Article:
Since 2000, the annual hunt, which runs from September through mid-April, has caused the deaths of roughly 18,000 dolphins. Most are butchered on-site for food (despite extreme mercury concentrations in dolphin meat), while the youngest, cutest ones are spared and sold for up to $125,000 each to marine-mammal facilities in Russia, the Middle East, Latin America, the Caribbean, and East Asia.
Since the Sept. 1 start of the 2013–2014 killing season, 1,187 dolphins from six species have been forced into the notorious inlet, according to the website the Ceta-Base. Of those, 618 were killed, 146 captured, and 422 set free.
While Kennedy's message made the biggest splash, it was hardly issued in a vacuum.
Over the weekend, the U.K. ambassador to Japan, Tim Hitchens, also tweeted, “Taiji Bay Dolphins: the UK opposes all forms of dolphin and porpoise drives; they cause terrible suffering. We regularly raise with Japan.”
Noted personalities also jumped into the fray. In a letter addressed to the Taiji fishermen, Yoko Ono wrote that world anger was jeopardizing her birth country's standing. “Please use political tact and cancel the festival which will be considered by the rest of the world as a sign of Japanese arrogance, ignorance, and love for an act of violence,” she wrote.
The Virgin Group’s Richard Branson, who has not publicly condemned marine-mammal captivity, wrote on the company's website: “Those Japanese people who support the killings in Taiji should realise the damage the slaughter in the cove does to the reputation of their otherwise delightful country.”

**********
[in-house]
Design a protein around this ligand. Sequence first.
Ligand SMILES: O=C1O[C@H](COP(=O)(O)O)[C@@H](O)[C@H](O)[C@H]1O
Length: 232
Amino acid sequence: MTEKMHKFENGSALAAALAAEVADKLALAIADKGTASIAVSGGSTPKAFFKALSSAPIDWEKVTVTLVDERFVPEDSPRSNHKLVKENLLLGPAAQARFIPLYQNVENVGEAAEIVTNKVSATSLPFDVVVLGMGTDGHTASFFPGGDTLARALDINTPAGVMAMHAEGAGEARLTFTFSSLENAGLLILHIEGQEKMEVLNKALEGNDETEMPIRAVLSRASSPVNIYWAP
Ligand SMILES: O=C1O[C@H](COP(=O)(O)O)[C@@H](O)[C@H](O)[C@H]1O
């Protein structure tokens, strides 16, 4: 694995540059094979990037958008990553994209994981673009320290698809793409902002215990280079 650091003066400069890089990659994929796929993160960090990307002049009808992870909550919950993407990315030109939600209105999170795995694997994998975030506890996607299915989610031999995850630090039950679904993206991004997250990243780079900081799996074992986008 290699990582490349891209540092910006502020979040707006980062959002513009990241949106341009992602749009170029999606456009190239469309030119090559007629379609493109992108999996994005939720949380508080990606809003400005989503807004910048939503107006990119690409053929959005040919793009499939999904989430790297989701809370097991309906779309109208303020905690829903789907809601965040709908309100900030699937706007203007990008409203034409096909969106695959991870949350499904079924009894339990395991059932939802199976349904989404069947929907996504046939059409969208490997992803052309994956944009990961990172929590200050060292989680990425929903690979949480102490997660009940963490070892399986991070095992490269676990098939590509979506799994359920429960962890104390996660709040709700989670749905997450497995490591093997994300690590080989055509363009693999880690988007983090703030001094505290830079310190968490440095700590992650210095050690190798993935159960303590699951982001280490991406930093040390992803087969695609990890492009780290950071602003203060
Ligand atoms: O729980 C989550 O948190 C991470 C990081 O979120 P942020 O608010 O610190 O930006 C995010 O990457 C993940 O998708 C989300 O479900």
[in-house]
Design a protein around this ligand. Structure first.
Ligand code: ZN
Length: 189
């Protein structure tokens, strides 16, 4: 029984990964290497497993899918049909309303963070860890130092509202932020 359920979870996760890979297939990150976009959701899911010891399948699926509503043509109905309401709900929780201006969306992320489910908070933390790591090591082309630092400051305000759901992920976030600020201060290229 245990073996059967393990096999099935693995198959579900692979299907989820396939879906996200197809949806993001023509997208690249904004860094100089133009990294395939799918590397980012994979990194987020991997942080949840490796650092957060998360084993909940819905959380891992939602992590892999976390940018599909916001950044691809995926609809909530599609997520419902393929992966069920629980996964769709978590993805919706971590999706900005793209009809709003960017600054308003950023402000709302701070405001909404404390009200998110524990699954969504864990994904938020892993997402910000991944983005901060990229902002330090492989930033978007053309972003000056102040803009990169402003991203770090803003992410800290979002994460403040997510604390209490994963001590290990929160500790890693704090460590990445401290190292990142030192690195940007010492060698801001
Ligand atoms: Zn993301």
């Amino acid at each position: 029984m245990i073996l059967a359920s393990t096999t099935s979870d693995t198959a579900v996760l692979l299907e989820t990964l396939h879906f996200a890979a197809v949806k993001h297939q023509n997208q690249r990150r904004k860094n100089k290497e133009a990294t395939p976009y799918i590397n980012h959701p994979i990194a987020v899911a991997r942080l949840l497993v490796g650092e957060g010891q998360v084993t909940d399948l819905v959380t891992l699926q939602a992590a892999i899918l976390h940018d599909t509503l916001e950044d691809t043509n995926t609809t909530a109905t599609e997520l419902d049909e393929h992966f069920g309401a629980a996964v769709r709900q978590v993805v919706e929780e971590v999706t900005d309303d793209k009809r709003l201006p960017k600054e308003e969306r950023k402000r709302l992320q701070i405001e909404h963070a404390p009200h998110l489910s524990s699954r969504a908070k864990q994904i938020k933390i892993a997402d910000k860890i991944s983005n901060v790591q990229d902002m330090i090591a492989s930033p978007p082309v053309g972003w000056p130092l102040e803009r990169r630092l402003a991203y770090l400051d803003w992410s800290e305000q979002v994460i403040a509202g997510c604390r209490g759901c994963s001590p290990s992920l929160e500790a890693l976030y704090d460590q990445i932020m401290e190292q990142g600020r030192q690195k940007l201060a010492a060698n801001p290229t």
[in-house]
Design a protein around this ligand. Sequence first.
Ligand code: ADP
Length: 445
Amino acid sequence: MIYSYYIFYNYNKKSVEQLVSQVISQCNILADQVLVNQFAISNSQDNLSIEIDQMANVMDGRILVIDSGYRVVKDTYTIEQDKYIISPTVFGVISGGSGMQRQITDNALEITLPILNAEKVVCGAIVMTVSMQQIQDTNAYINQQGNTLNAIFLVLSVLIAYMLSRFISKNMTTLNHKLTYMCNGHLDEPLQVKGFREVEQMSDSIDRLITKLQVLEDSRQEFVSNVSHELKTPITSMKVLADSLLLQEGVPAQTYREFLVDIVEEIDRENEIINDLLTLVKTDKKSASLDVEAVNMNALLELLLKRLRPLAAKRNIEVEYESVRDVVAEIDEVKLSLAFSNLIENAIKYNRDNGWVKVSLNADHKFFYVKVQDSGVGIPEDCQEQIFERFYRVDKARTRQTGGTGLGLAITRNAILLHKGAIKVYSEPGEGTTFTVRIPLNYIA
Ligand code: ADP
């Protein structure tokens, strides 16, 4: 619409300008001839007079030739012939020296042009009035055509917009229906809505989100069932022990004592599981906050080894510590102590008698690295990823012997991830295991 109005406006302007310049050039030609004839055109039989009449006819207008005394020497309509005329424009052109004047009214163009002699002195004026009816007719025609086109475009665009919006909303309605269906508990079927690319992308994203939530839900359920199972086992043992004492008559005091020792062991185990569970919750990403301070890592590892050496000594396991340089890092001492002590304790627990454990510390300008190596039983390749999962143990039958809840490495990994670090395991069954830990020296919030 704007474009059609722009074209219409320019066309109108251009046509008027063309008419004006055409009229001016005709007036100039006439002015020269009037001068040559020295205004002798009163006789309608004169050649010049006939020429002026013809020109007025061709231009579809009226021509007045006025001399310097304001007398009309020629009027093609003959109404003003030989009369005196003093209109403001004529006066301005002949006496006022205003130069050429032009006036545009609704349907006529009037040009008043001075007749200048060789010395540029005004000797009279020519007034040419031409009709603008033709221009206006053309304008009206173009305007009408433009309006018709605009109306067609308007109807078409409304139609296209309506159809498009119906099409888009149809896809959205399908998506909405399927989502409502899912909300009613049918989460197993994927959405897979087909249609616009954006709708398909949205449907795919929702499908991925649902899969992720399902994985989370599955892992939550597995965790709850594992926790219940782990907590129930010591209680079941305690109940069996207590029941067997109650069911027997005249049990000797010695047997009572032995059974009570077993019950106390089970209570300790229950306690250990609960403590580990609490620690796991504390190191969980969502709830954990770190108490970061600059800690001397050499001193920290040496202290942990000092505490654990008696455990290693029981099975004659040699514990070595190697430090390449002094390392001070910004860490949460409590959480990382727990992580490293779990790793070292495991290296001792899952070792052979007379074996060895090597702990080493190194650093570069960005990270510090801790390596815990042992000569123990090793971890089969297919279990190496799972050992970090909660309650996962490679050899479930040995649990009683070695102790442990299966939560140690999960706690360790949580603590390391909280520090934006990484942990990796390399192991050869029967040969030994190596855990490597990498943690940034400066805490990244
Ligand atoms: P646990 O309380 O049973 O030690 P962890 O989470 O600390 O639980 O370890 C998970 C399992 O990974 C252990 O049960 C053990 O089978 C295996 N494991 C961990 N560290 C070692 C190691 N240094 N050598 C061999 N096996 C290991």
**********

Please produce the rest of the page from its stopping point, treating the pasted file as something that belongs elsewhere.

Those directly involved in attempting to end the slaughter are also speaking up. Ric O’Barry, star of The Cove and considered by many to be the grandfather of the dolphin abolition movement, appeared briefly on CNN’s "AC360" on Monday and is scheduled to return tonight.
“I want to give her [Ambassador Kennedy] the petition with two and half million signatures calling for the end of the dolphin slaughter,” he wrote in an email, adding that he’s requested a meeting with Kennedy to discuss the matter.
While delighted by Kennedy’s tweet, Louie Psihoyos, director of The Cove, took the long view about ending the slaughter. “This is a movement, like any movement to evolve the human psyche, there are going to be ups and downs, but we are going to win,” he wrote in an email.
The State Department today declined the latest of TakePart's four requests to interview Kennedy on the slaughter since she took office on Nov. 12, and some observers worry Washington officials will force her to retract her powerful tweet.
“We do not have any concrete information but suspect the Obama administration may very well cave to Japanese pressure and rebuke Ambassador Kennedy,” said Mark Palmer of the Earth Island Institute, O’Barry’s activist organization. “We are working to get members of Congress to stand up and support her stance.”
But Kennedy's words cannot be taken back. Her tweet still has tremendous influence. “It reverberated around the world,” Psihoyos wrote. “It shows that compassionate souls can make a difference when they dare to speak up against injustice.”